Following the land, not working against it will ultimately create better, more sustainable trails. A trail that does not follow the land invites problems. Water retention. Erosion. Unnecessary braking. All these issues will force volunteers to spend more time with maintenance. Build it right the first time equals more time in the saddle.

Bob Karriker (right) and Chuck Ramsey check out a choke point on the new flag line.

The Rocky Branch Trail will feature a couple of Trail Dynamics’ trademarks:

First, this trail will dance. Straight lines seldom exist in nature and so the trail will follow the curves, dips, and rises of the land. If the land says up, riders will be going up. Down, down. Left, then left, then back right.

Second: Technical Terrain Features.  Numerous optional lines constructed to create more advanced options (i.e. Technical Terrain Features (TTFs) are planned for this and future trails). Rock-gardens, log rides, and small drops will pepper this green trail but will be easily avoided by riders not wishing to test their skill level.

The Rocky Branch Trail will be the first of several stacked-loops and will provide riders an appetizer to what awaits higher up the knob. A Blue trail is planned above the green with connections to a Black and Double Black Diamond trails, a skills development areas, and a jump trail. When finished Rocky Knob Park should have 6-8 miles of mountain bike trails for every skill level.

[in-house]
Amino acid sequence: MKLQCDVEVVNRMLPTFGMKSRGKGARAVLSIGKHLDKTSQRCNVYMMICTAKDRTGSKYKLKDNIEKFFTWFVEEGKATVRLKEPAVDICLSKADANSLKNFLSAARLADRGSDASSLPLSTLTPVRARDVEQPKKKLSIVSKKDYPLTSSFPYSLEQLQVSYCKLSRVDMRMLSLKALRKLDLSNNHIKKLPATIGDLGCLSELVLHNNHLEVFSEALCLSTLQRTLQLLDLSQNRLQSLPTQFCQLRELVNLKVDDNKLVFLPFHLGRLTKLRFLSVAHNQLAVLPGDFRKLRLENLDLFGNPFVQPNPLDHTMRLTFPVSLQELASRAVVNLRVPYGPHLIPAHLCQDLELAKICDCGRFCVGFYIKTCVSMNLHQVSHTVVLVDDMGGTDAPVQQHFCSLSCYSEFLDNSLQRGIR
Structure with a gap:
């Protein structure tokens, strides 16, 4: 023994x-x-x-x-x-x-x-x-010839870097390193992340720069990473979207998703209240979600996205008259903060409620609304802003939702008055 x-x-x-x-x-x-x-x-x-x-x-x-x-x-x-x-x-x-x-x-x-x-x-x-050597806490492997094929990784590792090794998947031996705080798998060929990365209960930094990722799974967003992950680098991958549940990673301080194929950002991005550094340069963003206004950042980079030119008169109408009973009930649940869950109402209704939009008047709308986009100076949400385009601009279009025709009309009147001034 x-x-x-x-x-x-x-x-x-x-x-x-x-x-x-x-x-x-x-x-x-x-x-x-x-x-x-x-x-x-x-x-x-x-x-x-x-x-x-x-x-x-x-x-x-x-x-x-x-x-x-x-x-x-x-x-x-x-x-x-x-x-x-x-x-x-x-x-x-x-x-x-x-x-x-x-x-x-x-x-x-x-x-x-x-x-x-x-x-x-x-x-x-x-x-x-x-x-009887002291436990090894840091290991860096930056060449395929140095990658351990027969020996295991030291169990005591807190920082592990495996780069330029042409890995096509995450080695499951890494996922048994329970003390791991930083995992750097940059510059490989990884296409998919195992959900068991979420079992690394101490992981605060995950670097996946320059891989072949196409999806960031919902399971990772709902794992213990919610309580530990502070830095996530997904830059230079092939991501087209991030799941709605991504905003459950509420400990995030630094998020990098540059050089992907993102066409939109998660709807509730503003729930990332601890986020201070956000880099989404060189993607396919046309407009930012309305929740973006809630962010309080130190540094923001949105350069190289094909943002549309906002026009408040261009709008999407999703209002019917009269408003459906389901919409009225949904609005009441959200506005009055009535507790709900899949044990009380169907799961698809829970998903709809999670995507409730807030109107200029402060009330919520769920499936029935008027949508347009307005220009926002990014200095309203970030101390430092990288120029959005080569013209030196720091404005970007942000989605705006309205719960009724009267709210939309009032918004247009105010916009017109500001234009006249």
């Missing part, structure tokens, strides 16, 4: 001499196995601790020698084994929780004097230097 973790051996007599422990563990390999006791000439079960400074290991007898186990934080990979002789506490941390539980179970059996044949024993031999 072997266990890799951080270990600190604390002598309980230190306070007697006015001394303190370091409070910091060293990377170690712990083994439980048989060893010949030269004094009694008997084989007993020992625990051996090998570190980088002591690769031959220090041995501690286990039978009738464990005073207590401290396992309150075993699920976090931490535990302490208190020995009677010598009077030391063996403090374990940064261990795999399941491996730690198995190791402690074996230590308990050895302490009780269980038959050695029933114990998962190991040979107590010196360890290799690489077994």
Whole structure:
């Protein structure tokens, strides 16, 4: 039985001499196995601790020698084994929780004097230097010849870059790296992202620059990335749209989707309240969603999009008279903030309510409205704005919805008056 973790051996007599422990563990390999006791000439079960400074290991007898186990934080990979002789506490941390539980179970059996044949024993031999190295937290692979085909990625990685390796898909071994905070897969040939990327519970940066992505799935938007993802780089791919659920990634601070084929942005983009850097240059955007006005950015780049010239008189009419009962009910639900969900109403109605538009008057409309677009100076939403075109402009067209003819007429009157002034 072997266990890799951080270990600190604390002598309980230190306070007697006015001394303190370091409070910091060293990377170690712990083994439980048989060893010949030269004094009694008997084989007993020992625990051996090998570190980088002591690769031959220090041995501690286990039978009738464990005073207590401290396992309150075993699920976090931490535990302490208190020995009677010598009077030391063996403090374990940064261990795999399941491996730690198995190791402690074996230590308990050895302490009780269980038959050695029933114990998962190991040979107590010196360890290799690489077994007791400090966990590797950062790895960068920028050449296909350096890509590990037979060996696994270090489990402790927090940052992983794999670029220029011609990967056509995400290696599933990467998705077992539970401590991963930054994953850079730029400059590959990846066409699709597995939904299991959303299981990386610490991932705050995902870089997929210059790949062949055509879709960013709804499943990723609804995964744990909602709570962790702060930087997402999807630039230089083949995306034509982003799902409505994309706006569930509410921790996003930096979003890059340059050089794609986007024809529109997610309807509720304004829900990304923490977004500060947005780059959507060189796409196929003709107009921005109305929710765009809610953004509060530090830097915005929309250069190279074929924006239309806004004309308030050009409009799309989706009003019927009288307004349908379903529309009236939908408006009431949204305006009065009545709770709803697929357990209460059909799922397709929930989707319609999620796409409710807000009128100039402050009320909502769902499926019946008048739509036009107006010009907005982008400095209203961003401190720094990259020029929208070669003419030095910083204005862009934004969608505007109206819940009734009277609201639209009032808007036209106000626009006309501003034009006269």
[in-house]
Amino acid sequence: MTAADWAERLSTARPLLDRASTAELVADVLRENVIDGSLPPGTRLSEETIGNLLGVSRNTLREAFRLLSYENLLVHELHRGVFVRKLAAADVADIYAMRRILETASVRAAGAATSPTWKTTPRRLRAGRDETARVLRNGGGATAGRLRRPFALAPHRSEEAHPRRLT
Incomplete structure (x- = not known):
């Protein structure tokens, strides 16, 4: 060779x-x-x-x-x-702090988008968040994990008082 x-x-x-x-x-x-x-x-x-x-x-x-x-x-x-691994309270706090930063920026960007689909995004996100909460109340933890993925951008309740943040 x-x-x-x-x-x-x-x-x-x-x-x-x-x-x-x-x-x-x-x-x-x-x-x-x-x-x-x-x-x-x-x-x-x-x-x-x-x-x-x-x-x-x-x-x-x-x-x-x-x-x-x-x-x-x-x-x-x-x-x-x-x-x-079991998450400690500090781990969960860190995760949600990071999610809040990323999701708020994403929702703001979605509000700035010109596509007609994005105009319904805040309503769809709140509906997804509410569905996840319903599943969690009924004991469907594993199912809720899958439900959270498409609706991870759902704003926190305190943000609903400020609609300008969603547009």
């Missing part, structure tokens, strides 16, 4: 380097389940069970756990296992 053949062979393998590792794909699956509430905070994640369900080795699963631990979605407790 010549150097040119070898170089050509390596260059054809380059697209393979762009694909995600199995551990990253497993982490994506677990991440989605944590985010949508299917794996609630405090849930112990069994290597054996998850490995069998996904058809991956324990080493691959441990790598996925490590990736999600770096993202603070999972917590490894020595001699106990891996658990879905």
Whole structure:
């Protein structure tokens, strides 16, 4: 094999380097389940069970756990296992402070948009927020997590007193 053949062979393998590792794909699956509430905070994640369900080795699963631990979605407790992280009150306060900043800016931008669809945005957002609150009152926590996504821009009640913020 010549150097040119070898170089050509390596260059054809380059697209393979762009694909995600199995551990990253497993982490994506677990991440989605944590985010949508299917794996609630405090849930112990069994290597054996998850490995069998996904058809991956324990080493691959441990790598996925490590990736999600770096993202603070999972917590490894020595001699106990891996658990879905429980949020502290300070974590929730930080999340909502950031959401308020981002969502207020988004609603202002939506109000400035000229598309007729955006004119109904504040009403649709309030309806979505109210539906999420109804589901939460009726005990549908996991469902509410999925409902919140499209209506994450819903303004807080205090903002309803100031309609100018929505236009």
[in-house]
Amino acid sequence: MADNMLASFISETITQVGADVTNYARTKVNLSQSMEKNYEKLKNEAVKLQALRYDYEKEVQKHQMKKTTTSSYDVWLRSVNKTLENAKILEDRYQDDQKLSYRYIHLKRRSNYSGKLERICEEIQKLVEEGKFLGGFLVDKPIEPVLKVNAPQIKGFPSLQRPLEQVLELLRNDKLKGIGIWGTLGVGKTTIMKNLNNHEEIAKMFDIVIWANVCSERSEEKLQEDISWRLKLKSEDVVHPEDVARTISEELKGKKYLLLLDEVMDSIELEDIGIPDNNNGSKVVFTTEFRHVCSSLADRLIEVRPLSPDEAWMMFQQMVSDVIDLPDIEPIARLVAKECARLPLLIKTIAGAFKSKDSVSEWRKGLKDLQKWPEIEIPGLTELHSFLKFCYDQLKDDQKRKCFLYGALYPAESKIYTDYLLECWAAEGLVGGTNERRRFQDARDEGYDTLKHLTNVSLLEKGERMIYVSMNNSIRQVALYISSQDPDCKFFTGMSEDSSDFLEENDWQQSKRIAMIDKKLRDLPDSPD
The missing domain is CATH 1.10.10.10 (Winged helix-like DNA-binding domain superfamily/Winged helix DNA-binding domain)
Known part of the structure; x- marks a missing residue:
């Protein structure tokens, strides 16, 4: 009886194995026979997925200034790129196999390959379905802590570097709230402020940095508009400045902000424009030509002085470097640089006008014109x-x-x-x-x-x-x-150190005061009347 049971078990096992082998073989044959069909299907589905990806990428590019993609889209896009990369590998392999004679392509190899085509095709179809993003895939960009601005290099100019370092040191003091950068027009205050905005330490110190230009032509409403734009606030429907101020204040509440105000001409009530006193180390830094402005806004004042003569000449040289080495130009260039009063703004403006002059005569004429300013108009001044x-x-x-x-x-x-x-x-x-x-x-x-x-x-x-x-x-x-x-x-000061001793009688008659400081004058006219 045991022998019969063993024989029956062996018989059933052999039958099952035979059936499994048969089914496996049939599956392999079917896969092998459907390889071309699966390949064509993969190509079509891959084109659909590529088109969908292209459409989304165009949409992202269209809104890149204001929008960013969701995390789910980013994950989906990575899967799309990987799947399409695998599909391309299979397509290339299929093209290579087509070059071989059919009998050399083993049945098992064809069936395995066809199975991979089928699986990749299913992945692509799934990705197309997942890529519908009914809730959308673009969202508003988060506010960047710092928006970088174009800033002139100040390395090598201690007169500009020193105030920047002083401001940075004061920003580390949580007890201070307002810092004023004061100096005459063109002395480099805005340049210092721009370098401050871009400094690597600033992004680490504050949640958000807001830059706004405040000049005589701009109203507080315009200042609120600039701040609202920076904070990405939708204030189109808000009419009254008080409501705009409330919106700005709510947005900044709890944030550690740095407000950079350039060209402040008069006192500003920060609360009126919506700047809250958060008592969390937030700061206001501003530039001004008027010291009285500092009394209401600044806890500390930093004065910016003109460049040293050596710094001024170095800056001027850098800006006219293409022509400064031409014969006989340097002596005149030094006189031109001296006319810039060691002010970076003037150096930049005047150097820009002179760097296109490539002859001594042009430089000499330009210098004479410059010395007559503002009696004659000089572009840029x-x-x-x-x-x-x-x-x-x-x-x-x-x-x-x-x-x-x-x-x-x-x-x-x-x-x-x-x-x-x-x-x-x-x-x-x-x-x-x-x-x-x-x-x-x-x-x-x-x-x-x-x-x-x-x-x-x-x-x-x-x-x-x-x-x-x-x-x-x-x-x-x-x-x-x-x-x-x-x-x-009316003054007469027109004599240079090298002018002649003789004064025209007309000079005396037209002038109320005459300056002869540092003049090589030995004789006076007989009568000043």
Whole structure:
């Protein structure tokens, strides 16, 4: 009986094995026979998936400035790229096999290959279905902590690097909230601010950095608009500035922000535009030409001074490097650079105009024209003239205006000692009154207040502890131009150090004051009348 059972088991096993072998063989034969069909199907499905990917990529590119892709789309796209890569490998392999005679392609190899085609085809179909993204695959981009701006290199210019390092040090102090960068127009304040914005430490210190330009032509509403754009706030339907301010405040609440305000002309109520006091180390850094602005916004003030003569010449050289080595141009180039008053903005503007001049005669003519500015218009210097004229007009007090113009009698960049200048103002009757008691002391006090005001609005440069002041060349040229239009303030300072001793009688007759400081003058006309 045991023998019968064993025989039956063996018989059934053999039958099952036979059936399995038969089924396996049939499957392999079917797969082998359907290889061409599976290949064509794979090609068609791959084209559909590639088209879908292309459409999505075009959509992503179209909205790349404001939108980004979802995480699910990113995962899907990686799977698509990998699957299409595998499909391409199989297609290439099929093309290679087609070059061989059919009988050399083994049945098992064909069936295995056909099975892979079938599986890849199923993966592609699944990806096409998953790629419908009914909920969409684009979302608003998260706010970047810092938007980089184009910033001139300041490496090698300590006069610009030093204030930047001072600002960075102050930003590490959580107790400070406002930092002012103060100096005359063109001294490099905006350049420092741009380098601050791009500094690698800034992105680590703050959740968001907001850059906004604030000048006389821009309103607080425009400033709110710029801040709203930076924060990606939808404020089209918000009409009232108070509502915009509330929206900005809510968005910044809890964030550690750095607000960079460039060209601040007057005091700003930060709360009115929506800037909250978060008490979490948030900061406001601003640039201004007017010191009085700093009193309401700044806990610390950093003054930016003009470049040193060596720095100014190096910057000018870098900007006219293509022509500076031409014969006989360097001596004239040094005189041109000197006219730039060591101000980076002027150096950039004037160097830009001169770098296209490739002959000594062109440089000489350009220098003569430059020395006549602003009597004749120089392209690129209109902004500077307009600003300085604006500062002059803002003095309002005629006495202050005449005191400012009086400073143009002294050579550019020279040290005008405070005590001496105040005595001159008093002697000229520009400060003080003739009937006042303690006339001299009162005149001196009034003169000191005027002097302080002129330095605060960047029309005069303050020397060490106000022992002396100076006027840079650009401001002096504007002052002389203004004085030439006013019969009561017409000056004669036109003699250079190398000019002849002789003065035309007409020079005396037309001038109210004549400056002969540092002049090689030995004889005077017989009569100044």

Rocky Knob is on the map

Howard’s Knob, Elk Knob, Grandfather Mountain. These are peaks high country residents know. Not Rocky Knob. Not until now. If you’ve driven 421 east out of Boone, you’ve probably noticed something’s afoot at Rocky Knob, Watauga County’s newest park.  Construction at the 185 acre park began on June 1st with an access road and parking area. Thus far Watauga County and the Watauga County Tourism Development Authority (WCTDA) have received $515,000 in State and private foundation grant funds for the park. When finished, the 185 acre park will provide 7-9 miles of trails for mountain biking, hiking, trail running, and nordic skiing in the winter. In addition, the park will offer an adventure playground, numerous shelters and picnicking areas, and a bike skills area.
On July 1, the WCTDA awarded Trail Dynamics, LLC of Cedar Mountain, NC with a contract to design and construct trails. The contract was negotiated to provide a hybrid build of the trails. Trail Dynamics will provide design and machine construction while volunteers from the Boone Area Cyclists will clear corridor and hand-finish the trails. This type of relationship keeps costs down and provides an investment of ownership by the volunteers.
On Thursday, July 29 at the Broyhill Inn at 6pm, the WCTDA will host the Rocky Knob Trail Kick Off meeting. Eric Woolridge, Outdoor Recreation Planner with the WCTDA, will provide an update on the current development and construction schedule of Rocky Knob Park. Also speaking will be Woody Keen, CEO of Trail Dynamics and President of the Professional Trail Builders Association.
Following this kick-off event, Boone Area Cyclists will have a volunteer trail building workday the weekend of July 31st – August 1st. More details will be available at the Trail Kick-Off Meeting and at